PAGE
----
I had purchased my first Christopher Moore novel, Practical Demonkeeping, at Blue Cypress Books for a pittance…$6 for a trade paperback in good condition. I recently went back to fill out my library a little more, spending no more than that same $18 for two books, one a signed hardcover!  The store had expanded some since my last visit, the back room became a sci-fi/fantasy area and the inventory just keeps growing.

Very often, especially on the weekends, you’ll find shelves and boxes of books being sold for as little as a fifty cents each…definitely my kind of sale.  Also, the owner Elizabeth is more than willing to track down rare and out-of-print books for the avid book-hunter…like myself.  I recently asked her to dig up a hardcover copy of Hip Cat, a children’s book by Jonathan London since my attempts have been completely unsuccessful. My fingers are still crossed in hopes of her prevailing where I failed so miserably.

Another really awesome thing about Blue Cypress Books is the individual attention you get from the owner who is obviously enamored with her profession.  How smitten with the written word would one have to be in order to risk financial catastrophe by opening up an independent bookstore? Especially considering the warehouse store competition they’d face?  Definitely a romantic vision worth supporting…

My soapbox statement for the day: Support your neighborhood bookstore and if you don’t have one in your ‘hood, you’re welcome to visit mine and stop into Blue Cypress Books at 8126 Oak Street.  Not only will you be promoting small business, you’ll be preserving our unique sense of individuality…one of many qualities that makes New Orleans among the most fascinating cities in the world.

Arcadian Books & Prints: A dream come true

Ever since I was a young girl falling in love with the written word for the first time, I formulated this image in my head of the perfect bookstore.  This fantasy locale would have a large bell over the door that jangled noisily when anyone ventured inside and the overwhelming scent of musty books would hit you square in the face as you entered and cling to you long after you left.

To make your way through the small store would require careful navigation around towering stacks of books and tall cases packed as closely as possible with every inch of space filled, dusty gems filed away for sale two or sometimes three rows deep.  The owner would have half frame spectacles worn on a silver chain around his neck and would only put them on when reading or calculating purchases on notepaper by hand because his ancient register was busted.  He would know every single title he had in his store and, regardless of how disorganized it might seem, he would know exactly where it was located in the jumble.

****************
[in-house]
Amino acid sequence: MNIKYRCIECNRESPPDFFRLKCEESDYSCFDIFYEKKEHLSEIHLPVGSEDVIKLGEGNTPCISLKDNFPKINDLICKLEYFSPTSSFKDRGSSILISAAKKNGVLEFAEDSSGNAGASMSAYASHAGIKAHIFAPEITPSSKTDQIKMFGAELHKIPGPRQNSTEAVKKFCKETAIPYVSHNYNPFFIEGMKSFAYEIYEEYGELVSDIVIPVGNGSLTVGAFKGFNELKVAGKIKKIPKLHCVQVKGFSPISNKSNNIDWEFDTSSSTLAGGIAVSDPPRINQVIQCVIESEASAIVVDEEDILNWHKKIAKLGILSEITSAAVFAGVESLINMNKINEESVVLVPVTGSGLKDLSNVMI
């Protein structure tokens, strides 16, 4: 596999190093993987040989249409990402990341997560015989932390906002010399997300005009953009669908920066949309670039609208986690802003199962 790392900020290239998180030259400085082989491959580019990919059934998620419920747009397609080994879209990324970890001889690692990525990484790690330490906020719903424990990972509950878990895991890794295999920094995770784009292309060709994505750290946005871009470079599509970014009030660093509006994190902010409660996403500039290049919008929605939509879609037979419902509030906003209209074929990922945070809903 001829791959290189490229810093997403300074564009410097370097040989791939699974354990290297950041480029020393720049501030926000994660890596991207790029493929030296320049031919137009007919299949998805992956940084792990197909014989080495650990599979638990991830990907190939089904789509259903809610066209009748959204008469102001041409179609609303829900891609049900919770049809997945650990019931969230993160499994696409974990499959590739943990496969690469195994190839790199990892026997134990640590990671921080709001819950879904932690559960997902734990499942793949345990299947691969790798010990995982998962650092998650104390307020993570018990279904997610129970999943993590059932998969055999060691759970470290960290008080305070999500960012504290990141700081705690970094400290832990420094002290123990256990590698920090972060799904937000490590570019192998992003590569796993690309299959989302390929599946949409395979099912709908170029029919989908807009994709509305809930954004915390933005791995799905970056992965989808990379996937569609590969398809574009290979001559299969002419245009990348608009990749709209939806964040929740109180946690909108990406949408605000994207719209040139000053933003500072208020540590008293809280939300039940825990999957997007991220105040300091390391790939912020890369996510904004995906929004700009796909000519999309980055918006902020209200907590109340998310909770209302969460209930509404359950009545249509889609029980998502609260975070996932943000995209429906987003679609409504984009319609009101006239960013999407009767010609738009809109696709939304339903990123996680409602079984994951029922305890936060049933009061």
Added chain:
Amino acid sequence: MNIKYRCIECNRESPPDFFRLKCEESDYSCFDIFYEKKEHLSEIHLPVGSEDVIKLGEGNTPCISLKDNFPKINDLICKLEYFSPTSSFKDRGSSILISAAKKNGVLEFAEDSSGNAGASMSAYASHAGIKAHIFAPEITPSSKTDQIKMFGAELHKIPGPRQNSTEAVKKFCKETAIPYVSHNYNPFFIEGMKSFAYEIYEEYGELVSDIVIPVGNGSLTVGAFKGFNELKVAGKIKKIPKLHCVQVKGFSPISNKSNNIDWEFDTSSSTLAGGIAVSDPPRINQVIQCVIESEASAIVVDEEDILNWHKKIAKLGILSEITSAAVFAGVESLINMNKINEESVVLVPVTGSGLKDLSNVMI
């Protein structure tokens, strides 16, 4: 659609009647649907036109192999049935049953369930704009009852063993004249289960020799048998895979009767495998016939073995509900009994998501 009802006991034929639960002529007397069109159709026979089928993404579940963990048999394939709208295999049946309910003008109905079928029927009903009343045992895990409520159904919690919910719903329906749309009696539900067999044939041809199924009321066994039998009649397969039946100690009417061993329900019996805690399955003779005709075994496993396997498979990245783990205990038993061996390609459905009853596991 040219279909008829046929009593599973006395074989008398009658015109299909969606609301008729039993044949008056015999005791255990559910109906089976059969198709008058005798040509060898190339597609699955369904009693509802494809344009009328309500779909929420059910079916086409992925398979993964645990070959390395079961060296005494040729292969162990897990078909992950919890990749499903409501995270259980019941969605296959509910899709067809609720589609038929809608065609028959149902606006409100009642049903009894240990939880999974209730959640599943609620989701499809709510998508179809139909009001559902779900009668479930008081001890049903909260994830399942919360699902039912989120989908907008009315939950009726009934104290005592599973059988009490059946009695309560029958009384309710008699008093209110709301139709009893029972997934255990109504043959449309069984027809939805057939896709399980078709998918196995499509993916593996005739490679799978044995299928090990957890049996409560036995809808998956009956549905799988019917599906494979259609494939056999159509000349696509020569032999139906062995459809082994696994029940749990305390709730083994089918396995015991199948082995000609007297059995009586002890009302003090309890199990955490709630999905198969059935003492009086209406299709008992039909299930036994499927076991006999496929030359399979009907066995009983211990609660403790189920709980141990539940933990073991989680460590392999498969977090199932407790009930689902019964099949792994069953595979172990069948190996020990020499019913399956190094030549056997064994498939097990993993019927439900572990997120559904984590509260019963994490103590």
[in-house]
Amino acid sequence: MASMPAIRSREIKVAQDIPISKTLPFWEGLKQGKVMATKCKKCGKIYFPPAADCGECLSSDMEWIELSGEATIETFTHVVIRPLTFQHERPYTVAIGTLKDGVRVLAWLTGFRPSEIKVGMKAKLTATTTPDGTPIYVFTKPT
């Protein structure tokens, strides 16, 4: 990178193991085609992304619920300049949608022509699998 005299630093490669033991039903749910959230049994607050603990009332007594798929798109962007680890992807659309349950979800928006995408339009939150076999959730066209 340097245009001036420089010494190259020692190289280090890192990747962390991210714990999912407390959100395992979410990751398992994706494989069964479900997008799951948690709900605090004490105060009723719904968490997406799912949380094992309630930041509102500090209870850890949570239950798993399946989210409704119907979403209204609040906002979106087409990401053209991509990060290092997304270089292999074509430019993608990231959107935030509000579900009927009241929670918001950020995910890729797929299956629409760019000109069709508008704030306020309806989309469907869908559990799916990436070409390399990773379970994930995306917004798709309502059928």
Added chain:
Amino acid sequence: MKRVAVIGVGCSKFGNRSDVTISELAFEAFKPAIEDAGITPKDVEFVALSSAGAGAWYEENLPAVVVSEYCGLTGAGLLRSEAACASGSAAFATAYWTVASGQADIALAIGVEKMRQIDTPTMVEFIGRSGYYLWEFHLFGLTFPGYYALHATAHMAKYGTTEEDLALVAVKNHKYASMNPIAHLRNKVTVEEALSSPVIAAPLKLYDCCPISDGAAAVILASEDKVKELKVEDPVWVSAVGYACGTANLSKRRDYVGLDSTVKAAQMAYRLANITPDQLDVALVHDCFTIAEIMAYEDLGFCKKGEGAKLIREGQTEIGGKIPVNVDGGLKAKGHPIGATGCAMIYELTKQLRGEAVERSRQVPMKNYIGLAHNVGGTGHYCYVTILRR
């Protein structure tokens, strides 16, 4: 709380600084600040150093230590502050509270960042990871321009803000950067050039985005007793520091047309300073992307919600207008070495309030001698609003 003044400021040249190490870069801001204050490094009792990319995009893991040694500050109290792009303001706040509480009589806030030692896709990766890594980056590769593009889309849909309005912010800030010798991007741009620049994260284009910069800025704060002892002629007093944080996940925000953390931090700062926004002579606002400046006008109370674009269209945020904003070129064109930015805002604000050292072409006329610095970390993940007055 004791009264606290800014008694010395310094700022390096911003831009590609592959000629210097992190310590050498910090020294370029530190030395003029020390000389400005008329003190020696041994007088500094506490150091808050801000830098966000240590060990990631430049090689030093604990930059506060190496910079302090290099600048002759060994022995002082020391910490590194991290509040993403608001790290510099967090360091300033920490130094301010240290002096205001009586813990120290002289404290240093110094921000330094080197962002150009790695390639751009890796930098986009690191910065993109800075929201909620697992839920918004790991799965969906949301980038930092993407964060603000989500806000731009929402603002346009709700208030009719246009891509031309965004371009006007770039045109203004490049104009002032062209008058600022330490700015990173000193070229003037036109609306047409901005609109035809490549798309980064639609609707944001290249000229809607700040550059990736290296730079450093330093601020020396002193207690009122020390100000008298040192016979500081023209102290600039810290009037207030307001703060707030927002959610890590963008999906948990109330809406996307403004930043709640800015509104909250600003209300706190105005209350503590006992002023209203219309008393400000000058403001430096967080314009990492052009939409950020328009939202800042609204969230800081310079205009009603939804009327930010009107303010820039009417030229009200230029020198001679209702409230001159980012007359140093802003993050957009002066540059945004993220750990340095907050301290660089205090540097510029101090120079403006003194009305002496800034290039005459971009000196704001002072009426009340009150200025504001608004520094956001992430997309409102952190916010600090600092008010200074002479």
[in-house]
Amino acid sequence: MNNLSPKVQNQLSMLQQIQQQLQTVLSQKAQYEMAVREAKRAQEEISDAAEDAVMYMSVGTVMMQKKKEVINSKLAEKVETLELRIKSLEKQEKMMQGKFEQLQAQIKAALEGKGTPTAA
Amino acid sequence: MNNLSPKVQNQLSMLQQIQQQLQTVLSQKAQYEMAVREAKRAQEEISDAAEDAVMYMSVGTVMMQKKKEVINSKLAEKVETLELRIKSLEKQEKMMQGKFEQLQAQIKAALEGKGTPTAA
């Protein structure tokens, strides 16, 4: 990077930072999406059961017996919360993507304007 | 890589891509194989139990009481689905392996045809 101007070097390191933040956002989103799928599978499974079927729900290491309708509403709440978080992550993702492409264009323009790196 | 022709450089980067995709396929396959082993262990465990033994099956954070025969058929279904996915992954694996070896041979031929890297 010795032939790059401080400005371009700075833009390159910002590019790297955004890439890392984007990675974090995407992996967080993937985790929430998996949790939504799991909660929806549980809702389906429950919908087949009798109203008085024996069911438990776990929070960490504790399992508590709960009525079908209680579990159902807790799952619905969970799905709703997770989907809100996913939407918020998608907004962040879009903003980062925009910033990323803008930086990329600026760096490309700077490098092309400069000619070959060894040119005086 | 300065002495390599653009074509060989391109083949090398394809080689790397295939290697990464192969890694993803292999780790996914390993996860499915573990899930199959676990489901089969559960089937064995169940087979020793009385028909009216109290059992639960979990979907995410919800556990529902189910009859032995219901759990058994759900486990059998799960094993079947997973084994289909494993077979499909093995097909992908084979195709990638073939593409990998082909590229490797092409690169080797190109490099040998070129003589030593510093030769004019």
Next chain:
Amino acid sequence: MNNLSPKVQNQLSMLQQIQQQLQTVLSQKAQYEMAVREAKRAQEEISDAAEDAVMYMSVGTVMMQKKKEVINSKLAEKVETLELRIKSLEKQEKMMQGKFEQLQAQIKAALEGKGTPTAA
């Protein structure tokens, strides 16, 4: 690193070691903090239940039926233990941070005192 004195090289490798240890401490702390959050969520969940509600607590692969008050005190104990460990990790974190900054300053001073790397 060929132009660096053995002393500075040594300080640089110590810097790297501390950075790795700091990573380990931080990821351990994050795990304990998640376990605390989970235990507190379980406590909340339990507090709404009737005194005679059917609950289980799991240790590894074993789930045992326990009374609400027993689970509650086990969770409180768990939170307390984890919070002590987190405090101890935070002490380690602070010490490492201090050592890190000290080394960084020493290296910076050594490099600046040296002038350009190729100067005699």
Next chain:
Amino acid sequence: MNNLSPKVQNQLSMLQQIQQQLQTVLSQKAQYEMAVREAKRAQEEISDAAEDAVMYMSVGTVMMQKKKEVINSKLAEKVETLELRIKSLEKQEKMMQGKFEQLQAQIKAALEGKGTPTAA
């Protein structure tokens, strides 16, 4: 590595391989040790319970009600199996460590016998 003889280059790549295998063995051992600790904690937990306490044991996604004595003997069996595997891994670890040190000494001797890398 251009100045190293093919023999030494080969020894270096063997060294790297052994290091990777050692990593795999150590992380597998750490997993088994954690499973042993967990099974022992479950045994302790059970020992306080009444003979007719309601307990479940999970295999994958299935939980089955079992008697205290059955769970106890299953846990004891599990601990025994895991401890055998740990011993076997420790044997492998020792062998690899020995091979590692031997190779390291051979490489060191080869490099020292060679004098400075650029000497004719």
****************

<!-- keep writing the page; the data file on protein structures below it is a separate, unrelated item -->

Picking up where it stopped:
Ever since I imagined this perfect bookstore, this treasure trove of everything I hold sacred, I’d not discovered one single place that even came close.  It wasn’t until I met a fellow book lover here in New Orleans (my best friend Dani) who brought me to Arcadian Books & Prints.

If you’ve never been, you can find this gem tucked away at 714 Orleans Avenue behind the St. Louis Cathedral in the French Quarter.  It’s a tiny shop that lies just around the corner from the fabulous art and antique shops on Royal Street and just steps away from the crowds on Bourbon…and if you aren’t looking for it, you could easily walk right by.  It is all I have ever dreamed of in a bookstore.

Not only does Arcadian possess almost everything I described above, but it also offers used books and  specializes in books on Louisiana history.  Sometimes on the steps in front of the tall, French doors to the shop, you will find a cardboard box marked “free” filled with books for anyone who might happen by.  I can’t help but be in love with this place.  If I lived nearby, I would stop by to search for literary gold on a regular basis.

You know what else?  I am not surprised that it took moving to New Orleans before I found the bookstore from my imagination.  Discoveries like these, ones so close to my desires and personal aspirations, only strengthen my belief that I belong here.  It seems to me that when your dreams at long last become reality, you know you’ve finally made it home.